5 of 5 members found this review helpful.
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My…this was quite charming

By Fiona Gregory, editor

Mar 22, 2017: I’m not a particular fan of RPG when I took a look at this one, I admit it was to see just how bad it was. I expected immature writing and cliches galore . . . what I found was an amusing and charming story that sucked me in and kept me coming back for more.

The fun part for me is the two main characters; the sensitive, thoughtful Erika with her polite "My..I see" phrases contrasted with the cheerfully vulgar and impulsive Mina whose view of life is simple – a constant indulgence in virtual knock-em-down fights. I also enjoyed the writing style, which I would describe as droll. There were some typos, but the words seemed well chosen. The girls’ (mainly Erika’s) adventures in the VR world were done well; you didn’t forget it was a game, because all the accoutrements and atmosphere of a game are present, but it felt like things were "really" happening as well.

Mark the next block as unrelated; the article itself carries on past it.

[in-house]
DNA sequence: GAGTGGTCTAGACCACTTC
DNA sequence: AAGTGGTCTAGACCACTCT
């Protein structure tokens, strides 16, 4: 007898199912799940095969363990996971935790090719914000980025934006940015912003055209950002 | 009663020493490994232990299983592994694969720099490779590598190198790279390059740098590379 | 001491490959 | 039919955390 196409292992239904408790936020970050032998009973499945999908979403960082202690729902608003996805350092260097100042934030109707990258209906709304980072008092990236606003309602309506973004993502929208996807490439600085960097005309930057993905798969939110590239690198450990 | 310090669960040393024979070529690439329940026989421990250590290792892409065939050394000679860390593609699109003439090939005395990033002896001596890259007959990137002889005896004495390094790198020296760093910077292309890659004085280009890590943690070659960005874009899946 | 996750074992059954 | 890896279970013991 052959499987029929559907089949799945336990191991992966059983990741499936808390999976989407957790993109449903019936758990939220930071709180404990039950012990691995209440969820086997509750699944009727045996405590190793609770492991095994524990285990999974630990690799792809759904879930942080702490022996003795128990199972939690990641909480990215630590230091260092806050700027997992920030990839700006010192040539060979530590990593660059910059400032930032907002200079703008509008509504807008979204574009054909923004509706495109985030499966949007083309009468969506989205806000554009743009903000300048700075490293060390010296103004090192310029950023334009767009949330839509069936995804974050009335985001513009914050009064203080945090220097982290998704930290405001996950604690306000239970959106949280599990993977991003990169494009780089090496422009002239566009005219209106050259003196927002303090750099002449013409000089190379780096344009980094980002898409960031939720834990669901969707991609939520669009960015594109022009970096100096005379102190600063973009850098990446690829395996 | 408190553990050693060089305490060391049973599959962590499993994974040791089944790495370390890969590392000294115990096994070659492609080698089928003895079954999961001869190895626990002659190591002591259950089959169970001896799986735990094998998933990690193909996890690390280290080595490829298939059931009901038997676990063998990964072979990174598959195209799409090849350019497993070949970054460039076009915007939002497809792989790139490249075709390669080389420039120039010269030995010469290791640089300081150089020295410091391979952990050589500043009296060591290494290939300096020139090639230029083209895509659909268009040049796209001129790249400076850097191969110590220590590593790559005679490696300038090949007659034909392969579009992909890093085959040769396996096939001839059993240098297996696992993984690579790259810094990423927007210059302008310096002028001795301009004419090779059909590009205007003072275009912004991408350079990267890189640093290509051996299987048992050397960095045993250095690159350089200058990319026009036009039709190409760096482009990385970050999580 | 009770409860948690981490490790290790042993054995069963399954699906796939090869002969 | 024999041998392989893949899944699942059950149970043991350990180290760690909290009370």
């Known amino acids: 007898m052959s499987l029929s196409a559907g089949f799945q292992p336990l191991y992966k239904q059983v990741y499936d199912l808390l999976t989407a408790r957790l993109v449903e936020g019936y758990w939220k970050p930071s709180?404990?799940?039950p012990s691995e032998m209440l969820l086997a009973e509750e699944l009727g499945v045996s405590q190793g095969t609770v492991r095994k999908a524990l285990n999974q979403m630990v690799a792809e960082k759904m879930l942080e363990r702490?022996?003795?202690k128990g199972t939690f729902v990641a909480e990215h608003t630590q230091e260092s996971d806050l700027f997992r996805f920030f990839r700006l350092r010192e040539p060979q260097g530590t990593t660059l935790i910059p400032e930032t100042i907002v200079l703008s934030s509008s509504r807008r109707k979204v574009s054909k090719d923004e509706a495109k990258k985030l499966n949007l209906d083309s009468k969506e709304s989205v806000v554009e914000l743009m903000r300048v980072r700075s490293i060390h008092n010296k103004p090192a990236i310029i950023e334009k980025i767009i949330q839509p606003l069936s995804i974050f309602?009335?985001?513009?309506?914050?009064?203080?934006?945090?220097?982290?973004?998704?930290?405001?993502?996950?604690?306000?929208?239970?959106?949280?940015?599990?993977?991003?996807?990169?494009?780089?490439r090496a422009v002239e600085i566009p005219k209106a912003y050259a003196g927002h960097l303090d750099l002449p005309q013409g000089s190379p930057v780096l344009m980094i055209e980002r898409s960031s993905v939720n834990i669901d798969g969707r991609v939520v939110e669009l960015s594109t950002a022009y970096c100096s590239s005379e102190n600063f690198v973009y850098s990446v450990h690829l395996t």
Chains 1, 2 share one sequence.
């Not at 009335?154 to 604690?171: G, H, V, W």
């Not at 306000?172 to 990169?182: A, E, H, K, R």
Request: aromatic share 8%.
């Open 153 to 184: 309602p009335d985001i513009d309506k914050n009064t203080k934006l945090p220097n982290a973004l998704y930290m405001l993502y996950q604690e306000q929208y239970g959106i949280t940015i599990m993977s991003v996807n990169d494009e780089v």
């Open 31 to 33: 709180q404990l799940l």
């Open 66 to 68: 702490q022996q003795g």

I’m a little disappointed not to find out more about some of the mysteries of both the real and virtual worlds depicted in this story, as the author decided to cut it short and end the serial early. Unless he decides to continue later, what we have feels like the first arc completed – which does kind of work plot-wise as a significant challenge has been overcome and we can imagine how the rest will turn out. I’d still like to read it, though.